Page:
Finding a Job: 21st Century Style
by Kenny Moore

The economy is down. Outsourcing is up. Globalization is in. And college grads have recently been let out. This has placed a great number of unemployed people out on the streets looking for work. Some timely advice is warranted.

For the past 20 years, I've worked for a heavenly CEO (figuratively speaking) in a New York City Fortune 500 company. Prior to that, I spent 15 years working for another heavenly CEO (literally speaking) as a Catholic priest in a monastic community. Oddly enough, the work remained similar in both jobs. But the incentive plans varied greatly.

Here's my practical list of worldly and otherworldly advice for getting that perfect job:

  1. Suicide is no longer an effective strategy for initiating a job search;

  2. Employers continue to remain more interested in your personal passion than a PowerPoint presentation;

  3. The ability to manage anxiety, ambiguity and uncertainty is more valuable than a MBA in Finance;

  4. Developing a greater sense of humor and openness to surprise gives you a competitive advantage in the marketplace;

  5. Selling your soul to gain employment is bad for business and prolongs your stay in Purgatory.

The Sacred Side of a Job Search

Getting a job also has divine implications because it's tied into our vocation. We show up on this earth with a host of talents and personal gifts that are meant to be used. Not only in the service of ourselves but also for the betterment of others. Aristotle said that where the needs of the world and your talents cross, therein lies your vocation. Our ultimate happiness is connected less to making wads of money and related more to cooperating with our divine calling. We can also expect to undergo some suffering in living out our destiny, but the price is worth paying. As the corporate mystic, Elbert Hubbard, reminds us: "God will not look you over for medals, degrees or diplomas - but for scars." I anticipate that in our final performance review we will be compensated copiously.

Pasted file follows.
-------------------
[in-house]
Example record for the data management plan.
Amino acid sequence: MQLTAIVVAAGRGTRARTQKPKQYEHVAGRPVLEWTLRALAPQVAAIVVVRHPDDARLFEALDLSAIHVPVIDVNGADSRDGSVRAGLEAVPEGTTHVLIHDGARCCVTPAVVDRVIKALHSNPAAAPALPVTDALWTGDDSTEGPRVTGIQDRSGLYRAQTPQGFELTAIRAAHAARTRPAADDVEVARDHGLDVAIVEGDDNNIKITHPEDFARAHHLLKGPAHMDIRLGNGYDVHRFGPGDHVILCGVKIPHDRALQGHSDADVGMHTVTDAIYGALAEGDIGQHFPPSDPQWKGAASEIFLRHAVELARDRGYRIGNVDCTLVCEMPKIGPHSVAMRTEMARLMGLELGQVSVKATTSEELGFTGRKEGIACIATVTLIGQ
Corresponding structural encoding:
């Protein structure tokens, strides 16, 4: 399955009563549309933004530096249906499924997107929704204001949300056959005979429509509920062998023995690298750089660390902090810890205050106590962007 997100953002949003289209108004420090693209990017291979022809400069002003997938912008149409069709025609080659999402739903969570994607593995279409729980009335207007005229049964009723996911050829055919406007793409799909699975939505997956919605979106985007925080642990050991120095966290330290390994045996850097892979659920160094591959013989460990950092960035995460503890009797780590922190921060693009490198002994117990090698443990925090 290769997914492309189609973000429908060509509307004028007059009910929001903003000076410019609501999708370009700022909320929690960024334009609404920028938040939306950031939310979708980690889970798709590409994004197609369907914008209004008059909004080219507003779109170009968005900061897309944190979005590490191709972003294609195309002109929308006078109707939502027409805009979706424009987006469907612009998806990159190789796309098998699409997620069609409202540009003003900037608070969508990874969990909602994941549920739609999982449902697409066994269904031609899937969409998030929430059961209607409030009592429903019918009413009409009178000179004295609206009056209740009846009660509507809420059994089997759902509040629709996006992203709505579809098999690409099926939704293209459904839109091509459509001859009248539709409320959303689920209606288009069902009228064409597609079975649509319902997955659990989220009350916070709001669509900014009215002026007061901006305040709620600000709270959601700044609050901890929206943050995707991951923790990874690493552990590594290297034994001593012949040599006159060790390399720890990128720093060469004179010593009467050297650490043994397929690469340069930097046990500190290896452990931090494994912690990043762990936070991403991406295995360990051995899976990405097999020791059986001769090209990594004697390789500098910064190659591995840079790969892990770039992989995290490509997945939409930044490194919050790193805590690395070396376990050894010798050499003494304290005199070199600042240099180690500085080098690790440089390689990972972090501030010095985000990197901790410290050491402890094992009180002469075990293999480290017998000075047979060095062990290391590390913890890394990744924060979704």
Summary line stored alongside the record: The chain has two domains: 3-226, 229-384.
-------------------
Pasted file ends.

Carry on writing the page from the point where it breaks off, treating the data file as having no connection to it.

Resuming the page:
Finding one's vocation is not an easy task, so here are some helpful hints from a former monk to serve as a guide:

  1. Pay attention to things that you naturally do well, skills for which you've received no particular training. These "charisms", gifts from the gods, serve as an indicator for your future role in the world;

  2. Give closer scrutiny to childhood memories. At an early age, well before parents and educators interfered, you intuitively knew why you were here and what you were meant to do. But very quickly it got socialized out. This wisdom is never lost, just stored in your soul for future reference and recall;

  3. Listen to your dreams. Write them down and host a dialogue with them regularly. Angels are sent nightly to reveal divine wishes, offer counsel for personal decisions and provide preparation for pending challenges. Spend time improving your skill set for dealing with the sacred realm of the night;

  4. Understand that luck and serendipity are intentional events that are sent for encouragement, insuring that you continue to show up and cooperate with a divine master plan;

  5. Strengthen your interior life. Spend ten minutes a day in silent reflection. No prayer is required; no mantra needs recitation. Simply sit in silence and listen to your lungs breath and your heart beat. Wisdom will be dispensed, the work of your life will be revealed and your vocation will slowly be made manifest.

Some Strange Parallels

Years ago, when I left the monastery and returned to the world, I was looking for a job and seeking a spouse at the same time. These two searches curiously seemed to have much in common and the lessons I learned then seem to still apply today.

  1. In both venues, we are well advised to dress impeccably, put our best foot forward and intentionally misrepresent the facts about who we really are. This bolsters the odds of improving our standing in the community as well as garnishing a better future;